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(SOUNDBITE OF TV SHOW, "DERRY GIRLS")

SAOIRSE-MONICA JACKSON: (As Erin) It's about The Troubles in a political sense but also about my own troubles in a personal sense.

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The National Association of Hispanic Journalists is giving back money. The organization is returning more than $16,000 because it's from Fox News. NAHJ President Hugo Balta announced the decision and joins us now. Thanks so much for being with us.

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China and the U.S. have added more heat to the trade war. President Trump announced the U.S. would increase tariffs on two classes of goods from China an additional 5%. That's in response to $75 billion worth of tariffs that China levied earlier this week.

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Sometimes there's a song so important to you it almost becomes a part of your identity, your signature song. Sue Cochrane, a former judge from Minneapolis, has one.

(SOUNDBITE OF THE O'NEAL TWINS' SONG, "JESUS DROPPED THE CHARGES")

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Finally, time for sports.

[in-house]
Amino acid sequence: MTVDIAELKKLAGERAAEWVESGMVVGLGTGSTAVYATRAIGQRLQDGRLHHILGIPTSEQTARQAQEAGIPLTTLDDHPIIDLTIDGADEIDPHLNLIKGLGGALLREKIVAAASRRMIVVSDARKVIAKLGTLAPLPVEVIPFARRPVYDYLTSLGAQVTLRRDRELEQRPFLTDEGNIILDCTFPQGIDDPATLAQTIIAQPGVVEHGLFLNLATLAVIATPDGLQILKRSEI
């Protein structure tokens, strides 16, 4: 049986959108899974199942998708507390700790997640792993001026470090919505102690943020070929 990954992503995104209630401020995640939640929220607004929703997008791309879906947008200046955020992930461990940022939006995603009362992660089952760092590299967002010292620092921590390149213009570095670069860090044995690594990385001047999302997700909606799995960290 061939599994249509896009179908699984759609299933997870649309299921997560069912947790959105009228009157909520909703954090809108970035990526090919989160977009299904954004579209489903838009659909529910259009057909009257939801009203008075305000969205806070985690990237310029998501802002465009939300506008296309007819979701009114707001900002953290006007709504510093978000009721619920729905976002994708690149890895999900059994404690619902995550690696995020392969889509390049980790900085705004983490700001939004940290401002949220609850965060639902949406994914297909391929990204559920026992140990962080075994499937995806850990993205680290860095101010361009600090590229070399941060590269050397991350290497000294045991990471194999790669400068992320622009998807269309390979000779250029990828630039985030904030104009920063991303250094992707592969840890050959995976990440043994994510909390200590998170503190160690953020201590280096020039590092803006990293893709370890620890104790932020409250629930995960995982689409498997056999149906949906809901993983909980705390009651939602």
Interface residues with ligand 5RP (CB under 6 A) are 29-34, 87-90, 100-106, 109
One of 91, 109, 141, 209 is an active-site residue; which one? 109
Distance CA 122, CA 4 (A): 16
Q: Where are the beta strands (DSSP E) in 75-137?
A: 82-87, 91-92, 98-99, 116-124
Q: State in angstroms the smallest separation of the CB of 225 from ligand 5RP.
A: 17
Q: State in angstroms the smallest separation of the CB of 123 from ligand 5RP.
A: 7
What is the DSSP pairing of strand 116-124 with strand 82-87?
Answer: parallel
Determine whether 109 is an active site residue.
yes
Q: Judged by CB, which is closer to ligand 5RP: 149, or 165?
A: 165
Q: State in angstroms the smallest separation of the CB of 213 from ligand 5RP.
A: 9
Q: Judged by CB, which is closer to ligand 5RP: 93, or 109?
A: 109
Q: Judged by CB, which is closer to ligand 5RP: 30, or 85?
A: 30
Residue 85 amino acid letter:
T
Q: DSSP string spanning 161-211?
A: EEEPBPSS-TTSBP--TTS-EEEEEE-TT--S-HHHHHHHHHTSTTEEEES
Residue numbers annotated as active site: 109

(SOUNDBITE OF MUSIC)

It may be strange for tourists to land in Hong Kong to find throngs of impassioned protesters. They might wonder: What do they expect me to do about the Chinese government?

Tourists come from all over the world to see the elegantly industrious city-state.

"It is like a cauldron," Jan Morris wrote in her book Hong Kong, "seething, hissing, hooting, arguing, enmeshed in a labyrinth of tunnels and overpasses, with those skyscrapers erupting everywhere into view, with those ferries churning and hovercraft splashing and great jets flying in."

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Dora the Explorer is one of the most recognized Latinx characters on TV. She debuted on Nickelodeon almost 20 years ago. And this weekend, Dora is moving to the big screen in "Dora And The Lost City Of Gold."

(SOUNDBITE OF FILM, "DORA AND THE LOST CITY OF GOLD")